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GunCritic

.380 Auto (9mm Browning Short) VS .38 Super

Head to Head Comparison

.380 Auto (9mm Browning Short)

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50%

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0 Reviews

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50%

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0 Reviews

.38 Super

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50%

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0 Reviews

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50%

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0 Reviews

MSRP:

$17.99

Used Price:

$17.99

New Price:

$19.99

MSRP:

$0.00

Used Price:

$0.00

New Price:

$0.00

Gun Specifications

Specifications

.380 Auto (9mm Browning Short)

.38 Super

Height

0.68

0.00

Average FPS

980

Average Grain

91

Average Energy

194

Recoil

0.41

0.00

Ballistic Coefficient

96.34

Gun Stats

Recently Deals

.380 Auto (9mm Browning Short)

Guns.com

$19.99

Palmetto State Armory

$0.00

Sportsman's Warehouse

$0.00

MidwayUSA

$19.99

Cheaper Than Dirt

$9.90

Brownells.com

$18.99

KYGUNCO

$11.71

EuroOptic.com

$0.00

Primary Arms

$0.00

Cabela's

$0.00

Bass Pro Shops

$0.00

Academy Sports + Outdoors

$0.00

GrabAGun

$0.00

Firearms Depot

$0.00

Federal Premium

$0.00

Remington

$0.00

Optics Planet

$0.00

.38 Super

Guns.com

$22.95

Palmetto State Armory

$0.00

Sportsman's Warehouse

$0.00

MidwayUSA

$6.99

Cheaper Than Dirt

$18.55

GrabAGun

$49.99

Brownells.com

$4.99

KYGUNCO

$15.94

EuroOptic.com

$0.00

Primary Arms

$0.00

Cabela's

$0.00

Bass Pro Shops

$0.00

Academy Sports + Outdoors

$0.00

Firearms Depot

$0.00

Federal Premium

$0.00

Remington

$0.00

Optics Planet

$0.00

Gun Descriptions

About The .380 ACP Ammo is a rimless, straight walled cartridge designed for pistols introduced in the year of 1908. Ever since it was released into the market, it has been very popular in the self-defense department and has been widely used in numerous handguns. The .380 ACP Ammo is considered a misnomer since it doesn't strictly conform to cartridge naming conventions that are named against the bullet's diameter. Using the standard naming process, the .380 ACP Ammo should be named .355 ACP Ammo since it uses a cartridge .355 in diameter. The .380 ACP Ammo, because of its low blow-thrust, delivered a soft recoil to the shooter. The overall length of the .380 ACP Ammo is 25mm, while the bullet diameter measures 9mm. The 45-grain variant of the .380 ACP Ammo can travel at a velocity of 1,835 feet per second while creating an energy level of 337 ft.lbf.  Manufacturer John Browning designed the .380 ACP Ammo in 1908, and Colt's Manufacturing Company manufactured it in the same year.  Uses The .380 ACP Ammo has experienced a wide array of uses over the years. At least FIVE European nations picked it up as their standard pistol ammo before World War II. The .380 ACP Ammo is light and compact and delivers a short-ranged shot, creating less stopping power. The .380 ACP Ammo remains a popular cartridge for self-defense purposes.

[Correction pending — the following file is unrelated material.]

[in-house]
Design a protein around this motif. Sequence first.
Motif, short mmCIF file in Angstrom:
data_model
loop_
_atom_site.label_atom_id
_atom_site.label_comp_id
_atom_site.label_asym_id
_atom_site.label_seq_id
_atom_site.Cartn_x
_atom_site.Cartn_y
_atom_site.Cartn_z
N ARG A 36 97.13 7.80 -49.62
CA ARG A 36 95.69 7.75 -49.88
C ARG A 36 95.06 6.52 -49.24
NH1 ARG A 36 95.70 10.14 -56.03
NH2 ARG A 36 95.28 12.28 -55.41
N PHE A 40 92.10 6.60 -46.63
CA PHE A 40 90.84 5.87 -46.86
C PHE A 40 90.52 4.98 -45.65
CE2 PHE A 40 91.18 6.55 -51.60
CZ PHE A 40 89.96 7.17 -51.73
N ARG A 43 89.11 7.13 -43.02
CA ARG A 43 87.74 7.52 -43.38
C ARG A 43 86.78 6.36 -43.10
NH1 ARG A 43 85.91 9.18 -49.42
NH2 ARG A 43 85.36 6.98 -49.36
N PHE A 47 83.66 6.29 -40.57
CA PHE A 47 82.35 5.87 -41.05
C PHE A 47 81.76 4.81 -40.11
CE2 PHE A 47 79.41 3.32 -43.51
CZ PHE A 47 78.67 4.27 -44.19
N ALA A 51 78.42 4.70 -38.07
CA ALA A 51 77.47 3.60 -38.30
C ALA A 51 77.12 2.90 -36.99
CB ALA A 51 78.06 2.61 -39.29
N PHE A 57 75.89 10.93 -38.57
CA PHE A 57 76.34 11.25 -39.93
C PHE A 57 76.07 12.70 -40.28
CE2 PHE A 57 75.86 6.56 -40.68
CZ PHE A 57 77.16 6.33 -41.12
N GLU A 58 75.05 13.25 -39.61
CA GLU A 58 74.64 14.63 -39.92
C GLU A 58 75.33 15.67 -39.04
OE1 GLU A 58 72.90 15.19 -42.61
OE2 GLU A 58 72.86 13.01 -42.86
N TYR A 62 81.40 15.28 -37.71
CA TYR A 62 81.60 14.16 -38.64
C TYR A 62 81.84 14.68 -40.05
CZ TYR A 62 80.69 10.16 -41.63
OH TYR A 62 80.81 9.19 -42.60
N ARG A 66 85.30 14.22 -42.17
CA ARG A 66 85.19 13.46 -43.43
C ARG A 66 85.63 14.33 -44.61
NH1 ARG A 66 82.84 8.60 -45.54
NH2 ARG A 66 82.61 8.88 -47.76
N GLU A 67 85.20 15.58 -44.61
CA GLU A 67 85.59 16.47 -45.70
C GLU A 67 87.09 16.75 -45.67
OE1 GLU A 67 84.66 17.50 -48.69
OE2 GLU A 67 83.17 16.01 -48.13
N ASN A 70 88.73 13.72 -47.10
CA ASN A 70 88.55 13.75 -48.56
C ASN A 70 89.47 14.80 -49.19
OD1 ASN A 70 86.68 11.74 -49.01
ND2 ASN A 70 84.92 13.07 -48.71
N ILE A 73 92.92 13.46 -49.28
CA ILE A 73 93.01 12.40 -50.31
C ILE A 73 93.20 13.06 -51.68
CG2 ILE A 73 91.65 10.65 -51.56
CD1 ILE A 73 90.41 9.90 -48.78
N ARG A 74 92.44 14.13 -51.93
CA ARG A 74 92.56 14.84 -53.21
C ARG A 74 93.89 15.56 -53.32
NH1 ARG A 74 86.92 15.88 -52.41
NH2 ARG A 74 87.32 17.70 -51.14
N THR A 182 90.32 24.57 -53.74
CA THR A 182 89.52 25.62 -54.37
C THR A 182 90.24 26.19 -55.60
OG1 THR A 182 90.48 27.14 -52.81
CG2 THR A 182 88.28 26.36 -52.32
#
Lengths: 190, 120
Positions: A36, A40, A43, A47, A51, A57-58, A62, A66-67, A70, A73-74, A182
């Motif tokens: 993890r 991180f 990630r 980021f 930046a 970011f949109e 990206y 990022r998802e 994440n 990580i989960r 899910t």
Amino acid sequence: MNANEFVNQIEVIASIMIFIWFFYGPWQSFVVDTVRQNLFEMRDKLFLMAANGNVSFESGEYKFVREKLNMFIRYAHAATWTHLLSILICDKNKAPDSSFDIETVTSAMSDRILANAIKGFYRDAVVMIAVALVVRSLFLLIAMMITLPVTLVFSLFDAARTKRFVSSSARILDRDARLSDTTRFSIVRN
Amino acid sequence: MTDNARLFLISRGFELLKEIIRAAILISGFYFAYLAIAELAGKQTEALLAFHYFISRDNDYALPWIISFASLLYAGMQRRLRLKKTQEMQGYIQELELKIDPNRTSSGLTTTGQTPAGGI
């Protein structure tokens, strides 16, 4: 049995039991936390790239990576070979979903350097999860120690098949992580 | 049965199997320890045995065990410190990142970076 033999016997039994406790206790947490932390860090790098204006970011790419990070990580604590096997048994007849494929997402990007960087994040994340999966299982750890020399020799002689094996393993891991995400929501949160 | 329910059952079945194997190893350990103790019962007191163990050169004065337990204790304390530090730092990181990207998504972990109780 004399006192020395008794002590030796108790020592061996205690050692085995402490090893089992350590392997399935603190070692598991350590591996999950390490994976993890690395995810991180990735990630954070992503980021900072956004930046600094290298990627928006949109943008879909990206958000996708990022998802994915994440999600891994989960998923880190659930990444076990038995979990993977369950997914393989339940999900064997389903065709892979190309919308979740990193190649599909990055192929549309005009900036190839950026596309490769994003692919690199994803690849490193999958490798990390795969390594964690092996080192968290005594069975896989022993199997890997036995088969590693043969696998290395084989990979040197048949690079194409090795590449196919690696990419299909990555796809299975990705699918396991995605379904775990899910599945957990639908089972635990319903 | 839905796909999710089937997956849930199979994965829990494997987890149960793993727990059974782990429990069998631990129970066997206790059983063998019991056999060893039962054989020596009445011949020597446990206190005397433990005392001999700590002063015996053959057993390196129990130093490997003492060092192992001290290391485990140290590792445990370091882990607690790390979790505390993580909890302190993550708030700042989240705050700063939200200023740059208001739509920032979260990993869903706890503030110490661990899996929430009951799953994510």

The .38 Super has traveled a rather rocky road during its 121-year history. Due to its ballistic performance, accuracy in modern guns, wide selection of components and ease with which top-notch handloads can be assembled, it has become popular for action pistol competition, defense and field use. The addition of the “Automatic +P” designation in 1974 helped differentiate it from the old .38 Automatic Colt. The history of the .38 Super starts around 1897 with the development of the .38 Automatic Colt cartridge (.38 Rimless Smokeless) designed for the Colt Model 1900 Automatic Pistol. Early advertising listed a 130-grain FMJ bullet at around 1,040 fps, which was later increased to 1,070 fps. This cartridge was designed at least five years prior to the 9mm Luger. During the 1920s there was growing demand for handgun cartridges that could better penetrate car bodies, so in 1928 Colt responded with the .38 Super Automatic in its Model 1911. Essentially, the Super was dimensionally the same as the .38 Automatic Colt, including bullet weight and profile. However, being chambered in the notably stronger Model 1911 pistol, it could be loaded to much greater pressures, with velocities pushing 130-grain bullets to 1,300 fps by 1933. Pressures were increased from 23,000 CUP to 33,000 CUP. For clarification, the .38 Super should never be fired in comparatively weak Model 1900 pistols, which can be disastrous. The Super had another significant problem: It produced poor to mediocre accuracy at best. There were several contributing factors that included a bullet diameter specified at .356 inch while barrel groove diameters were known to measure .355, .356 and .357 inch. Period Colt Government Model pistols were not built with proper tolerances to achieve top accuracy. However, the largest single obstacle was Colt’s chamber specifications that resulted in poor headspace control. The .38 Super originally fired a 130-grain bullet at 1,215 fps, but by 1933 velocity was bumped to 1,300 fps before it was eventually standardized at 1,280 fps. Remington and Winchester list 130-grain FMJ loads at the original 1,215 fps while Federal offers the same bullet weight at 1,200 fps. Several smaller companies such as Buffalo Bore offer loads containing 115-grain and 124-grain JHP bullets at 1,415 fps and 1,350 fps, respectively.

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